However, in a speech on the House floor, senior House Agriculture Committee member Glenn “GT” Thompson, D-PA, said the bill “does nothing to reduce food and fuel costs.” On Wednesday, Thompson introduced HR 8069, the Agricultural Input Cost Reduction and Barriers to Domestic Production Act. The bill would require the Biden administration to remove its regulatory barriers to domestic agricultural production by granting relief to EPA action on crop protection products, clarify WOTUS rules, repeal the SEC climate rule, and require Packers economic cost-benefit analysis. and updating barnyard rules.

Meat Investigator’s Special Act

While many of the provisions included in the package did receive bipartisan support, some Republican and agricultural groups expressed disappointment that the bill contained the Meat and Poultry Special Investigator Act, which received only Democratic support when passed by the committee. The Special Investigators section of the Food and Fuel Cost Reduction Act will create a new position within the USDA to investigate broad anticompetitive issues.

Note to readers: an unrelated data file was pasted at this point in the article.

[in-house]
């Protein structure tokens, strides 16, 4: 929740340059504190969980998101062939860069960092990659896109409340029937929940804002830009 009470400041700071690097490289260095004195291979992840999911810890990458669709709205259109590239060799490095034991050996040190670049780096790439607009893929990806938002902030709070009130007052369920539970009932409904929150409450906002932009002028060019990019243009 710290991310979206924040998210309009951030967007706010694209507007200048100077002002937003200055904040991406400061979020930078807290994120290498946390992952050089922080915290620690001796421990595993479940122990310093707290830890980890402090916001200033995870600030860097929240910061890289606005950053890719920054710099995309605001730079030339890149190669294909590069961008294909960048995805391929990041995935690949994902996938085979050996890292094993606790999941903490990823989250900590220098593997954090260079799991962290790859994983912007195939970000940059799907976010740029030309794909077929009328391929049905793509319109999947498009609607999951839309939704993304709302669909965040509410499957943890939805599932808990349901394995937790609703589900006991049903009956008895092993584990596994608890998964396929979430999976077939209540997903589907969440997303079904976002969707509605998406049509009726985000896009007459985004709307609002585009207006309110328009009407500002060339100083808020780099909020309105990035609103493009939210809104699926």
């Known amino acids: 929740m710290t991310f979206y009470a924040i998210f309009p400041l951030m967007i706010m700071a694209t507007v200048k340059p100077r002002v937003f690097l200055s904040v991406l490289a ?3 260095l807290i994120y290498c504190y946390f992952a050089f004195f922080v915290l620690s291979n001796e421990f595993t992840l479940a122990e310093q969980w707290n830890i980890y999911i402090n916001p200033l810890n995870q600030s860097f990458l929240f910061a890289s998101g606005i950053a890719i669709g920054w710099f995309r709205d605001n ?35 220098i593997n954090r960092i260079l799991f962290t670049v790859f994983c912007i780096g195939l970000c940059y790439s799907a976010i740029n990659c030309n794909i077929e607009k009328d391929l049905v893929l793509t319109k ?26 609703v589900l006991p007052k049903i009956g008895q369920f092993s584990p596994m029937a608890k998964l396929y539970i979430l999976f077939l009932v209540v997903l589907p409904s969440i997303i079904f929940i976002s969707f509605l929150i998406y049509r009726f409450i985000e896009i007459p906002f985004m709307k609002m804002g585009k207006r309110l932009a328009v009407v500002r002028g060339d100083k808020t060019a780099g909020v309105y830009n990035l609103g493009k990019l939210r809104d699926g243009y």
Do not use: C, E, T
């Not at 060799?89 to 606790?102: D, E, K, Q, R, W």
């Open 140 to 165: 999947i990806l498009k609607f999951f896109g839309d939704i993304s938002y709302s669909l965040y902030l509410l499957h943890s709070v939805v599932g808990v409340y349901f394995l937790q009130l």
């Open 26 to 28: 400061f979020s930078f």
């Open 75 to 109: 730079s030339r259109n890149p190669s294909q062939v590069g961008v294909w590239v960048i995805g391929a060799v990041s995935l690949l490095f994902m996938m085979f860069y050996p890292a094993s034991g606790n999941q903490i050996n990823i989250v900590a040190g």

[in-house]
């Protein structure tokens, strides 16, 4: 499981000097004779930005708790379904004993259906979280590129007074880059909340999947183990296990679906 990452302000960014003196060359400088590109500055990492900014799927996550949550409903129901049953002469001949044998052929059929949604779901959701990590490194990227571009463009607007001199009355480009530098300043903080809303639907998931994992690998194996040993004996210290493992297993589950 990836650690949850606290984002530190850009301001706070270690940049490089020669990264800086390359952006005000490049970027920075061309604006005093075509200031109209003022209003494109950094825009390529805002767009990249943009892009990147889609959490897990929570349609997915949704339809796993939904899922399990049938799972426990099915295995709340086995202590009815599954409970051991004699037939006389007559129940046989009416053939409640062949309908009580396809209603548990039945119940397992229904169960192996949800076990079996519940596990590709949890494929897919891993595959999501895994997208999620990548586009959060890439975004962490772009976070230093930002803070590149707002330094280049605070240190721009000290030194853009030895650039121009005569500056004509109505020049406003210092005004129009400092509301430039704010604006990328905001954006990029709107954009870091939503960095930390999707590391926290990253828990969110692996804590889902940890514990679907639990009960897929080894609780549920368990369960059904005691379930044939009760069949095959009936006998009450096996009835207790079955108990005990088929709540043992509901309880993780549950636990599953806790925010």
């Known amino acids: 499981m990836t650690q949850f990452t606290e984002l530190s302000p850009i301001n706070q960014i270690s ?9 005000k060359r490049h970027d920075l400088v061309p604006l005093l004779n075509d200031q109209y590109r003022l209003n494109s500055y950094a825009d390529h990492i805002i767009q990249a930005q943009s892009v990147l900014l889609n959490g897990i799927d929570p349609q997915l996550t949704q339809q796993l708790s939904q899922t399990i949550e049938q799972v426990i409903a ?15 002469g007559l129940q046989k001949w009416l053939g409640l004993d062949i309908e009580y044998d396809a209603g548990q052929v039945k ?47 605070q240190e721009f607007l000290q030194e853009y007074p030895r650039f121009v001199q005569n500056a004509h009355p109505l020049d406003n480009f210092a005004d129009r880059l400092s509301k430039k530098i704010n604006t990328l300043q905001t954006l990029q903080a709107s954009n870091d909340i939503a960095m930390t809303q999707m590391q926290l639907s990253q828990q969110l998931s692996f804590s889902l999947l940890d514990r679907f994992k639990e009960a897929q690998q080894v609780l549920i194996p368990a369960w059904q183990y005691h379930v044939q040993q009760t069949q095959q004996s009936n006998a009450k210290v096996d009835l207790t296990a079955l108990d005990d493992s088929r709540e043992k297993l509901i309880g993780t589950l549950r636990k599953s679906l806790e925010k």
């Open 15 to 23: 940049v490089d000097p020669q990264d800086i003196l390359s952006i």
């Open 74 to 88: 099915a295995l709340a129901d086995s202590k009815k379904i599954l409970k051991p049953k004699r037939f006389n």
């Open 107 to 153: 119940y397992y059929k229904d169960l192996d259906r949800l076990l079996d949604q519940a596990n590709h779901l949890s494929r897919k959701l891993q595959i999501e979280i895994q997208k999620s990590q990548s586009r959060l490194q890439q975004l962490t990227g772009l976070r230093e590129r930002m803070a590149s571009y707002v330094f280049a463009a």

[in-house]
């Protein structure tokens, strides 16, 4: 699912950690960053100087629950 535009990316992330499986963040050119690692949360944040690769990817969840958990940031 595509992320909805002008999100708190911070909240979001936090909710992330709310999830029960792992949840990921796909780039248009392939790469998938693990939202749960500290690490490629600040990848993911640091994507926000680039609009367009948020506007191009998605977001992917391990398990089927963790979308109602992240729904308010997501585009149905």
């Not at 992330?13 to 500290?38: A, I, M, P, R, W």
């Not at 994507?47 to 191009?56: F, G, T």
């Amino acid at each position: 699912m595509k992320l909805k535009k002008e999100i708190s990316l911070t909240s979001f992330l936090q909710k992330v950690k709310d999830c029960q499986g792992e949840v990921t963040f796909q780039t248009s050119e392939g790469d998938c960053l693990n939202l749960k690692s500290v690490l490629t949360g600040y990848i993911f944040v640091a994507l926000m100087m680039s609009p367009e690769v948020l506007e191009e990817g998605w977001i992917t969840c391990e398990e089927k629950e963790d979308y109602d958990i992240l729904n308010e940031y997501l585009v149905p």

“A new USDA special investigator will focus on preventing shortages, enforcing America’s antitrust laws, and holding unscrupulous meat industry participants accountable,” explains lead sponsor Rep. Abigail Spanberger, D-Va.

The National Cattlemen’s Association was disappointed by the inclusion of the bill in a larger package. “Rising food, fuel and fertilizer prices are hurting cattle producers across the country, but Congress has been relentlessly focused on the policy stance through this special investigation bill,” said NCBA vice president of government affairs Ethan Lane. “The NCBA strongly supports fairness and transparency in the marketplace, but Congress is wasting time on legislative proposals looking for a problem while ignoring the real issues affecting cattle producers.”

The NCBA says the bill is also unfunded, which would divert important resources from the USDA’s Agricultural Marketing Service through critical programs producers rely on, such as market data reporting, meat grading, and a cattle contract library pilot program.